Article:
Take a few minutes to break down each important word/phrase:

I think Paul’s main question is: What does it look like to conduct a life that has been impacted by Jesus? If so, do you think Thankfulness needs to get to the top of the list of how people describe you or other followers of Jesus?

THIS IS US : created to create (good things)

Who’s your favourite artist? Maybe we should break it down to segments of art. Music, Poetry, Writing, Painting, Decorating, Fashion, Dance, etc.
Bands/Artists you may know: U2? Ed Sheeran? Adele? Sting? Paul McCartny?
Bands/Artists I know but you may not know: Foy Vance? Snarky Puppy? Christian McBride?

We hear this a lot about those who create art…they are ‘creatives’.

  • we lump them together
  • we appreciate them for their art
  • but don’t always really appreciate them for how they get to that art
  • then, we separate creatives and non-creatives
    • they can, we can’t
    • we think outside the box, they don’t

How many times have many of us said, I’m not creative, I don’t have a creative bone in my body. I can’t play music, draw, paint, take good photos, write lyrics, etc. So we leave the imagination to the right brainer; we leave the creativity to the artist.

(Artist: Wes Peel)

Of course, we must hounour our artists, that is for sure, but more than honour them, we must let them inspire us to be creative in our right!

The last two weeks, in our THIS IS US series, we’ve walked through two very important aspects of who we are. CALLING & CHARACTER. Today we move to this truth: We are Created to be Creative.

CALLING is about purpose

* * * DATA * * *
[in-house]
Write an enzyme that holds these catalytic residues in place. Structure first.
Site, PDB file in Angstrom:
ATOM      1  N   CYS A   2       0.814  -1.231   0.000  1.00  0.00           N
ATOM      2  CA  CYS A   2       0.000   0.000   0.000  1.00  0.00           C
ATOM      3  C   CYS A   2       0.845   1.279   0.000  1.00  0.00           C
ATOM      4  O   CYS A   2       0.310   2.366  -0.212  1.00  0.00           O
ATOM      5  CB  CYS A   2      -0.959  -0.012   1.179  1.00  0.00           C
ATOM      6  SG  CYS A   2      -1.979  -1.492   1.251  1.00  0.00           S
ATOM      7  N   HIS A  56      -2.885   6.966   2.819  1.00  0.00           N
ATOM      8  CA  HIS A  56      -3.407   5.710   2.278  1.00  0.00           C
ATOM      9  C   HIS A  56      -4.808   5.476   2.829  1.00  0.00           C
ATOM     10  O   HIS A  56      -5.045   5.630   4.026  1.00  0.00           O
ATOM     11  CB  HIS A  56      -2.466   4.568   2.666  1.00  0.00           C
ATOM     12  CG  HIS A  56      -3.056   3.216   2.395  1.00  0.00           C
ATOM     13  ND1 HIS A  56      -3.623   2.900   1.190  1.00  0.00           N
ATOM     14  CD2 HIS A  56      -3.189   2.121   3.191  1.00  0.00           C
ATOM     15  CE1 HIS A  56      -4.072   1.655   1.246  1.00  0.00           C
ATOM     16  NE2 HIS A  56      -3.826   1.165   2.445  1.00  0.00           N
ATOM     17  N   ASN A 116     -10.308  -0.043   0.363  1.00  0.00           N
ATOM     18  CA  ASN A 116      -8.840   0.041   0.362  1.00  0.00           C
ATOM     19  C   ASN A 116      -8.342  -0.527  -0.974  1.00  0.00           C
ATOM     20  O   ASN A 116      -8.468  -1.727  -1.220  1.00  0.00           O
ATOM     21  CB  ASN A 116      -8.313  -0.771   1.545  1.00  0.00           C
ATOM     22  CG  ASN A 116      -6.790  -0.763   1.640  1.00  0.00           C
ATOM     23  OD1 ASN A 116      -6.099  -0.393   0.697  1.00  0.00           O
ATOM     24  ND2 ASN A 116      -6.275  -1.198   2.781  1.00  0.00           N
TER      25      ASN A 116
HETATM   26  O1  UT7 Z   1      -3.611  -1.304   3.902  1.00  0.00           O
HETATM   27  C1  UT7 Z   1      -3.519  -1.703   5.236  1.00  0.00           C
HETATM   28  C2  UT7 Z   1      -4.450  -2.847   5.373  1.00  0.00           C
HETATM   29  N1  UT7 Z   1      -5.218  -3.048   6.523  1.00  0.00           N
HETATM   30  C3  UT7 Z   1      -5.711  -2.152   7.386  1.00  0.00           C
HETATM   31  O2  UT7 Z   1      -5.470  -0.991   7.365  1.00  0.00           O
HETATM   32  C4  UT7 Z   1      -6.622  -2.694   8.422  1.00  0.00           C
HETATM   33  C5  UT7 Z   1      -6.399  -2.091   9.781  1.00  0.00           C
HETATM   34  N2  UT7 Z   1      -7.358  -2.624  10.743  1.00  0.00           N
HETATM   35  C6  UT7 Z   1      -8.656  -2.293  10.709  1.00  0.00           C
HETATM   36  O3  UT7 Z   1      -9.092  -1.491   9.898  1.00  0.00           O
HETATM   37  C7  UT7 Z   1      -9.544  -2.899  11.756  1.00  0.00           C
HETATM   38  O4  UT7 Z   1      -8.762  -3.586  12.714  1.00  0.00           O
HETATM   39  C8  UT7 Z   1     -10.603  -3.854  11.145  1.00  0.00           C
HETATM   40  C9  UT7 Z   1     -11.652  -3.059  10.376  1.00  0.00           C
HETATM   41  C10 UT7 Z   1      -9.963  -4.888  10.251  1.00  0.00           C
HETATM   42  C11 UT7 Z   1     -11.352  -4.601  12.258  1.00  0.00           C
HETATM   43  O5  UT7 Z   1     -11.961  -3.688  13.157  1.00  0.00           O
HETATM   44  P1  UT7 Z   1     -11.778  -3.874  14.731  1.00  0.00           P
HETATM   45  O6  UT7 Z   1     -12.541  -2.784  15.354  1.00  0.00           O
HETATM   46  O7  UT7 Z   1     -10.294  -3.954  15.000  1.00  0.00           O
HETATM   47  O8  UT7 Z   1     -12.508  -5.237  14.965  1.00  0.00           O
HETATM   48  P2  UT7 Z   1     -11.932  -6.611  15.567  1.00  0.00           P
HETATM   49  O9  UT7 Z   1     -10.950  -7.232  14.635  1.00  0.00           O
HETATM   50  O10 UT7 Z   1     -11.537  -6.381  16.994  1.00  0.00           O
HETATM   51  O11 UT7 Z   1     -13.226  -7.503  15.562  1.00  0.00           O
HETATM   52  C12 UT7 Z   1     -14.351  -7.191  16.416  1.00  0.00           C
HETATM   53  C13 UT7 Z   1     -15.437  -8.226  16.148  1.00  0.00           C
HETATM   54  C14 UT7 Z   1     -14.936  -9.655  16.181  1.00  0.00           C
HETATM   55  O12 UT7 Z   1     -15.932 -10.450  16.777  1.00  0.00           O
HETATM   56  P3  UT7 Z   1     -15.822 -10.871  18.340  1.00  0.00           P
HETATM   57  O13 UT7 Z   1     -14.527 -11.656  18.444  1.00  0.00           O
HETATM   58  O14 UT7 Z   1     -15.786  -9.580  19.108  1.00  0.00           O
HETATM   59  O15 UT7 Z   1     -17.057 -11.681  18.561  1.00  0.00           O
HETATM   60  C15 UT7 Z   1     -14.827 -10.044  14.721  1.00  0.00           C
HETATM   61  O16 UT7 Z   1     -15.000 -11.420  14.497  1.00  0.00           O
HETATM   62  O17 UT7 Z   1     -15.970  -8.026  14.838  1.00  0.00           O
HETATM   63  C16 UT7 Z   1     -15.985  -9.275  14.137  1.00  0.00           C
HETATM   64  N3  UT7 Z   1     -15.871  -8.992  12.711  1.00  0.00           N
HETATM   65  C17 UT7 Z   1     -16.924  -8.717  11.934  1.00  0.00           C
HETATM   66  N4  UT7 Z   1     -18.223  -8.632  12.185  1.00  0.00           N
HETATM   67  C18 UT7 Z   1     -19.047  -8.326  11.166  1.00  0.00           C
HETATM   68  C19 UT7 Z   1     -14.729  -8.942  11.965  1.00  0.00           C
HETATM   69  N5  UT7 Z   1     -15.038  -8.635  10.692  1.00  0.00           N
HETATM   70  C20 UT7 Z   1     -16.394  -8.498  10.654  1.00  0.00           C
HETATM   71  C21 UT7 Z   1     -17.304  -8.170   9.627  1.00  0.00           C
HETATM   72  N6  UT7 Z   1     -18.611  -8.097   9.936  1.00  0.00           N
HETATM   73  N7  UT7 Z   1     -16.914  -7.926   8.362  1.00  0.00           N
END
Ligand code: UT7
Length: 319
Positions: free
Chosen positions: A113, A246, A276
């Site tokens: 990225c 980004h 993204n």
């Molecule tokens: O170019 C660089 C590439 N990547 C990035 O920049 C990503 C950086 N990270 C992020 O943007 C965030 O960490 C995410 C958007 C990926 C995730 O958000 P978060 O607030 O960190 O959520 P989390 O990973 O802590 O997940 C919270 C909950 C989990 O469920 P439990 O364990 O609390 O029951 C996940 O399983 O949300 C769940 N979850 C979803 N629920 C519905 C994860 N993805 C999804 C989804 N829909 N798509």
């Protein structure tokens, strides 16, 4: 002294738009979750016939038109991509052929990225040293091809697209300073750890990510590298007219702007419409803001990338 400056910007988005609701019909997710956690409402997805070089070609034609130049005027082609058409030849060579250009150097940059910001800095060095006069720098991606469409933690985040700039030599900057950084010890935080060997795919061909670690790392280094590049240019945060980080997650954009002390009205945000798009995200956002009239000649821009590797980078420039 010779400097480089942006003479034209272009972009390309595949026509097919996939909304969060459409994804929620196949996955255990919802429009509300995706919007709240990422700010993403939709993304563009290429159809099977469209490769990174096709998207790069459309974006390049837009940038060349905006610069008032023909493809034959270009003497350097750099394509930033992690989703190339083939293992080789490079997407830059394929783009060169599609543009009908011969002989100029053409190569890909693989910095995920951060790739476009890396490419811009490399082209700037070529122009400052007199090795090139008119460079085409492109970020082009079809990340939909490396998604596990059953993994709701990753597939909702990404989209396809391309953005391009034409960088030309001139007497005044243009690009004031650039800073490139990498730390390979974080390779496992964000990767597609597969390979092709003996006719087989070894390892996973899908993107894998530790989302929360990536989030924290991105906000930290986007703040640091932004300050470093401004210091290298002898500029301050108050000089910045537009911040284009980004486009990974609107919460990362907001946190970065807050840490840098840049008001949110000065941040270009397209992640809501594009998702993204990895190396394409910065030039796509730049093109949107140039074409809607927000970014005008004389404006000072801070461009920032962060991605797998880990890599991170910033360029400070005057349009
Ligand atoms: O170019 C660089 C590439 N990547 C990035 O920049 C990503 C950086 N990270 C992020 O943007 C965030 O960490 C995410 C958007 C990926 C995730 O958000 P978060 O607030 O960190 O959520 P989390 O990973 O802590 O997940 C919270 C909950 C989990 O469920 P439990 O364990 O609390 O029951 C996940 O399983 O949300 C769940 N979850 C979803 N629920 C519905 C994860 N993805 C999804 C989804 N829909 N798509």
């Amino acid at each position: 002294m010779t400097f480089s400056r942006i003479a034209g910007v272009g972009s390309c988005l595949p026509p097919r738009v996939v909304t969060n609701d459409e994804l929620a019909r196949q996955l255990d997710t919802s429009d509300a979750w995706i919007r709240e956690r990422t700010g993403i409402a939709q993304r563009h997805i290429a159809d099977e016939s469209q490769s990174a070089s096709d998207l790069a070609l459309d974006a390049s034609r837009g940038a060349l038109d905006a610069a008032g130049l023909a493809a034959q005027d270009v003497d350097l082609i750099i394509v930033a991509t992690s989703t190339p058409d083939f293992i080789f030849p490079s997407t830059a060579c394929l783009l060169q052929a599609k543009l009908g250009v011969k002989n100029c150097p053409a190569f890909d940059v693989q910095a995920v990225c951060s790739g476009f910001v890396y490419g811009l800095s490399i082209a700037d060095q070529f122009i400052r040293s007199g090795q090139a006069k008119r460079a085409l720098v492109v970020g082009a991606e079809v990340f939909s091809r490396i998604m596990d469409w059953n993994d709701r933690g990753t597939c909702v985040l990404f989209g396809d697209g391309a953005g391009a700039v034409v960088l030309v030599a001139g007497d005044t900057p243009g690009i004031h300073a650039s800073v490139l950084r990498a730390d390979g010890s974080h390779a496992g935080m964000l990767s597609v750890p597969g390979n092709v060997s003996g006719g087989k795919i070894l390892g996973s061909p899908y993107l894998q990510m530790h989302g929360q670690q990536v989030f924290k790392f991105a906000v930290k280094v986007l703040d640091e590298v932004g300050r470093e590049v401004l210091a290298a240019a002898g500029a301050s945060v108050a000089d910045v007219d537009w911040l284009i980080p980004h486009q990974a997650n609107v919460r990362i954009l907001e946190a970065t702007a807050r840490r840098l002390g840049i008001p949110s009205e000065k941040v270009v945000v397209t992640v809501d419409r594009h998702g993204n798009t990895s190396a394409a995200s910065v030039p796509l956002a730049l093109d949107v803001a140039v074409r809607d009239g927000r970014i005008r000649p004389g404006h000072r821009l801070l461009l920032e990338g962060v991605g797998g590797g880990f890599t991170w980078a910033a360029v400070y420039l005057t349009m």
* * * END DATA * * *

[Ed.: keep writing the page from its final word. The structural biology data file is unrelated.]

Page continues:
CHARACTER is about journey and formation
CREATIVITY is about mission, action & impact

We are all artists in our own way…being creative with the lives we’re called to live and the work we’re called to do. But how does this fit into our series…how does fit into our faith?

Paul’s words in Ephesians 2, specifically verse 10, speaks to this so well.

For we are God’s masterpiece. He has created us anew in Christ Jesus, so we can do the good things he planned for us long ago.

These words are screaming and shouting creativity, creation, and imagination.

This verse can really stand on it’s own, and has for many who have come across it. However, no verse really stands alone. In the previous 9 verses, Paul is setting us up to really understand and take in the depth of what we read in verse 10. Here’s a paraphrase of 2:1-9…

  • you were dead in your sins…
  • you used to live another kind of life…
  • you used to follow the ways of the world…
  • you used to listen to another ruler…
  • you used to follow your foolish temptations…
    • (Reminds us of last week’s conversation about new life, new creation and re-birth.)
  • BUT… (you gotta love the BUTs of the Bible)
  • Because of God’s great love & mercy…
  • We’ve been made alive in Christ…
  • How? By grace…thru faith…
  • Raised up in Christ
  • This change, this salvation, this new life, is God’s gift to us…nothing we can do to earn it…or buy it…it’s provided by Him

This is all in the lead up to verse 10…these words really set us up to understand what salvation is intended for…and here it is…

For we are God’s masterpiece. He has created us anew in Christ Jesus, so we can do the good things he planned for us long ago.

– – – – – – – –

We are God’s Masterpiece

  • The word for masterpiece can literally be translated as a poem, a work of art, handiwork, creation, workmanship, a sculpture, a musical score.
  • This is both who we are and who God’s sees us as.
  • We are literally works of art in the eyes of God
    • He is the artist, we are his creation
    • We are created…in the image of God
  • So when we talk about new creation, and new life, and rebirth, we are essentially saying that Jesus has MADE us new.

How amazing is it to know that not only did God make us (physically, biologically), but can also re-make us (character, insides, heart, soul, values).